Home Authors Posts by Bret Koebbe
Checking the weather is one of the few constants in aviation. All pilots do it, whether it’s a trip around the pattern in a Cub or a trip across the Atlantic in a Gulfstream. But merely getting a weather briefing isn’t enough; it has to be a good weather briefing to make the flight safer. So what exactly does a “good briefing” involve?
Flying an airplane just above the stall speed in the slow flight configuration will teach you a lot about the handling characteristics and controllability at low speeds, which is a critical step in the development of your flying skills during flight training.
The FAA is in the process of implementing a new system called Automatic Dependent Surveillance-Broadcast (ADS-B for short), which is designed to replace the ground-based radar system used by ATC to track air traffic throughout the US. This week's tips explains how the ADS-B system works and how you can also benefit from in-flight traffic and weather services offered by the system.
An important consideration when planning a flight to an airport at below freezing temperatures is the possibility of snow or ice on the runway and whether the conditions are suitable for your particular airplane and operation. Here's what to look for when checking field condition NOTAMs and the meaning of each runway condition code.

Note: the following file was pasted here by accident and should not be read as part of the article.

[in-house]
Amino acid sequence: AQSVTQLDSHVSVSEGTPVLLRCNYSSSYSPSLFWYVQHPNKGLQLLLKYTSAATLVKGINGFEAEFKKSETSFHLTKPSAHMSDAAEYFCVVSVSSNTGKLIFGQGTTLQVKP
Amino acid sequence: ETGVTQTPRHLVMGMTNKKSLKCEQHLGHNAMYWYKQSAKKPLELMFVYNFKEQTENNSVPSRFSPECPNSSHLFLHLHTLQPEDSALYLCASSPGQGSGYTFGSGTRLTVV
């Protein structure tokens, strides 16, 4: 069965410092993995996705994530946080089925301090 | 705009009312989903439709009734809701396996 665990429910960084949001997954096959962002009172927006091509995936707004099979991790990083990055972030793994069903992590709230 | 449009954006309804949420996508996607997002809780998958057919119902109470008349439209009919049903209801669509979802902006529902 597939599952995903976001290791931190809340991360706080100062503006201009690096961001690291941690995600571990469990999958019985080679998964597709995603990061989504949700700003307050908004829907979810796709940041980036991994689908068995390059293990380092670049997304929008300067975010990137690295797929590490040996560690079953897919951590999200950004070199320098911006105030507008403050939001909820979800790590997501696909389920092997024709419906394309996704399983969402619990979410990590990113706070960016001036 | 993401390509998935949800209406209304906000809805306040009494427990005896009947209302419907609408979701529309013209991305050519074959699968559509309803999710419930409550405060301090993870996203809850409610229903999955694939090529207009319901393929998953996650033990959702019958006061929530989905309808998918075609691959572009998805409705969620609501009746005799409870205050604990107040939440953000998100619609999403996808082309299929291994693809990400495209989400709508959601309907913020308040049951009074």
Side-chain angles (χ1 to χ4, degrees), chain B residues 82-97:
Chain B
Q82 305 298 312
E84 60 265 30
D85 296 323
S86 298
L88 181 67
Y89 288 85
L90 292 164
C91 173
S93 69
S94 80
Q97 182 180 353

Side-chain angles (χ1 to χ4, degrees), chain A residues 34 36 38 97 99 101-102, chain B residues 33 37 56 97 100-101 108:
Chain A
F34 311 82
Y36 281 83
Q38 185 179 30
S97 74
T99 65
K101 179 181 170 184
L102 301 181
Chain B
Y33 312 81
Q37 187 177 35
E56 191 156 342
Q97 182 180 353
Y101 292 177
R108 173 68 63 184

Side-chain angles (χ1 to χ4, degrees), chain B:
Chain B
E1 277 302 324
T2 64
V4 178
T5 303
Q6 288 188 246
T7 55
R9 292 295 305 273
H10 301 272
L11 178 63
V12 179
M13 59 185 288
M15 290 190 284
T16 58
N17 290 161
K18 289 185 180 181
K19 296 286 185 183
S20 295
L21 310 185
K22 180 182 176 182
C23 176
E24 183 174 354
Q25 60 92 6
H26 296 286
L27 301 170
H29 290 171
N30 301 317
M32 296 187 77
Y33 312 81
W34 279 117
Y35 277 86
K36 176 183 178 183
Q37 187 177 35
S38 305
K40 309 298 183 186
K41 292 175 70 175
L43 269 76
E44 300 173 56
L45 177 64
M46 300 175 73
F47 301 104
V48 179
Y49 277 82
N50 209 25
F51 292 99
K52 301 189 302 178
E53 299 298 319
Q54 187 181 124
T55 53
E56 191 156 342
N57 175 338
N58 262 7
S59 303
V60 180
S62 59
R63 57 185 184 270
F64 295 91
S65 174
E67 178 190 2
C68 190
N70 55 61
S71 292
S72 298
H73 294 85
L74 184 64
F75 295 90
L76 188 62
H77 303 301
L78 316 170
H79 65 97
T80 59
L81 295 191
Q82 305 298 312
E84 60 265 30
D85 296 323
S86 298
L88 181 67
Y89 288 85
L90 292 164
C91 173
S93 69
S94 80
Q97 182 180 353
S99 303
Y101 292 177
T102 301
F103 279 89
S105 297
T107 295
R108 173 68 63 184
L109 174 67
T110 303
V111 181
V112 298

This week we go flying to see what power-on stalls are all about. Some pilots are nervous about this maneuver, which can require a nose high attitude. But with a good understanding of the aerodynamics and a preview from outside the airplane, you'll have the confidence to perform these stalls smoothly - and hopefully avoid an inadvertent one on takeoff.
Airplanes with a high-performance engine typically contain a constant-speed propeller for greater efficiency. Learn all about their operation with our latest tip, including how to properly use the throttle, prop control, manifold pressure gauge and tachometer in each phase of flight.
Not every approach and landing will be by the book during your training, and you'll inevitably encounter situations when you round out too high, overshoot the touchdown point or bounce after the initial touchdown. This is perfectly normal and learning how to recover from these scenarios will improve your confidence and help you make better landings in the long run.
When planning for takeoff, it's best to choose a runway at the departure airport that is most aligned with the wind. Unfortunately, the winds rarely blow right down the runway, so you must learn how to accomplish takeoffs and landings under crosswind conditions. This week's tip looks at the control inputs required and performance implications when performing a crosswind takeoff.
Many high-performance airplanes feature retractable landing gear that allows them to fly at higher speeds thanks to the reduced drag (and they look cool too). There are new operational considerations to learn when transitioning to this type of airplane, including the best time to raise the gear after takeoff and lower the gear before landing.
This crosswind landing technique requires you to modify your normal landing procedure by using a combination of rudder and aileron to keep the airplane aligned with the runway.